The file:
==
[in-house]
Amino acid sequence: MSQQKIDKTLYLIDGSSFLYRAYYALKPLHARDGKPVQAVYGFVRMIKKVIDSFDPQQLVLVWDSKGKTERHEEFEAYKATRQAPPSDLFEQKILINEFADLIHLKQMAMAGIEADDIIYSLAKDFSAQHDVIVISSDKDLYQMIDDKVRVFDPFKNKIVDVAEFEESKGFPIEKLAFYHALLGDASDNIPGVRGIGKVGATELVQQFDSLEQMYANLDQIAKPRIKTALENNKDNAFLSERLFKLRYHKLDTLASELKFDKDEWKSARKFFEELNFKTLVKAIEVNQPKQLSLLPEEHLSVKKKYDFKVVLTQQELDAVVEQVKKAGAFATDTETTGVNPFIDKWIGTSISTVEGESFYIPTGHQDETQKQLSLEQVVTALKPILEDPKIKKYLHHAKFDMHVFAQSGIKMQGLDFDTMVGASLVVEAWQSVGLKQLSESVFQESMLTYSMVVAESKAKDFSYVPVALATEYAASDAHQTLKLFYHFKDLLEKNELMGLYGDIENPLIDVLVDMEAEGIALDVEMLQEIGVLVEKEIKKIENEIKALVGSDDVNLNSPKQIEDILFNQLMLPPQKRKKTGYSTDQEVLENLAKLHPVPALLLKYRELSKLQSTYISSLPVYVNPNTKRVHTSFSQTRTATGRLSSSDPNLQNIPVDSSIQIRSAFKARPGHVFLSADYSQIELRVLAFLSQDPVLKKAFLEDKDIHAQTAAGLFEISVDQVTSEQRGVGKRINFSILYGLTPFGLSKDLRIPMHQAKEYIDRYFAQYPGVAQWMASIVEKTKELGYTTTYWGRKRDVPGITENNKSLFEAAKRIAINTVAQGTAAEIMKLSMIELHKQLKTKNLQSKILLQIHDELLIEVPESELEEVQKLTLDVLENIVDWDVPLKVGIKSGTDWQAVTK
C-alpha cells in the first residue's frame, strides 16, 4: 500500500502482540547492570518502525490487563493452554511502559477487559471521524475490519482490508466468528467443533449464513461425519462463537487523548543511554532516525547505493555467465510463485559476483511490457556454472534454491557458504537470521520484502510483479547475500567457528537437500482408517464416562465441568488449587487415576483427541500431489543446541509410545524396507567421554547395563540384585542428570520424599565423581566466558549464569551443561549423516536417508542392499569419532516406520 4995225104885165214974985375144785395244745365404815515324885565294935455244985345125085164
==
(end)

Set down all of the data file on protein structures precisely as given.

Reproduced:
[in-house]
Amino acid sequence: MSQQKIDKTLYLIDGSSFLYRAYYALKPLHARDGKPVQAVYGFVRMIKKVIDSFDPQQLVLVWDSKGKTERHEEFEAYKATRQAPPSDLFEQKILINEFADLIHLKQMAMAGIEADDIIYSLAKDFSAQHDVIVISSDKDLYQMIDDKVRVFDPFKNKIVDVAEFEESKGFPIEKLAFYHALLGDASDNIPGVRGIGKVGATELVQQFDSLEQMYANLDQIAKPRIKTALENNKDNAFLSERLFKLRYHKLDTLASELKFDKDEWKSARKFFEELNFKTLVKAIEVNQPKQLSLLPEEHLSVKKKYDFKVVLTQQELDAVVEQVKKAGAFATDTETTGVNPFIDKWIGTSISTVEGESFYIPTGHQDETQKQLSLEQVVTALKPILEDPKIKKYLHHAKFDMHVFAQSGIKMQGLDFDTMVGASLVVEAWQSVGLKQLSESVFQESMLTYSMVVAESKAKDFSYVPVALATEYAASDAHQTLKLFYHFKDLLEKNELMGLYGDIENPLIDVLVDMEAEGIALDVEMLQEIGVLVEKEIKKIENEIKALVGSDDVNLNSPKQIEDILFNQLMLPPQKRKKTGYSTDQEVLENLAKLHPVPALLLKYRELSKLQSTYISSLPVYVNPNTKRVHTSFSQTRTATGRLSSSDPNLQNIPVDSSIQIRSAFKARPGHVFLSADYSQIELRVLAFLSQDPVLKKAFLEDKDIHAQTAAGLFEISVDQVTSEQRGVGKRINFSILYGLTPFGLSKDLRIPMHQAKEYIDRYFAQYPGVAQWMASIVEKTKELGYTTTYWGRKRDVPGITENNKSLFEAAKRIAINTVAQGTAAEIMKLSMIELHKQLKTKNLQSKILLQIHDELLIEVPESELEEVQKLTLDVLENIVDWDVPLKVGIKSGTDWQAVTK
C-alpha cells in the first residue's frame, strides 16, 4: 500500500502482540547492570518502525490487563493452554511502559477487559471521524475490519482490508466468528467443533449464513461425519462463537487523548543511554532516525547505493555467465510463485559476483511490457556454472534454491557458504537470521520484502510483479547475500567457528537437500482408517464416562465441568488449587487415576483427541500431489543446541509410545524396507567421554547395563540384585542428570520424599565423581566466558549464569551443561549423516536417508542392499569419532516406520 4995225104885165214974985375144785395244745365404815515324885565294935455244985345125085164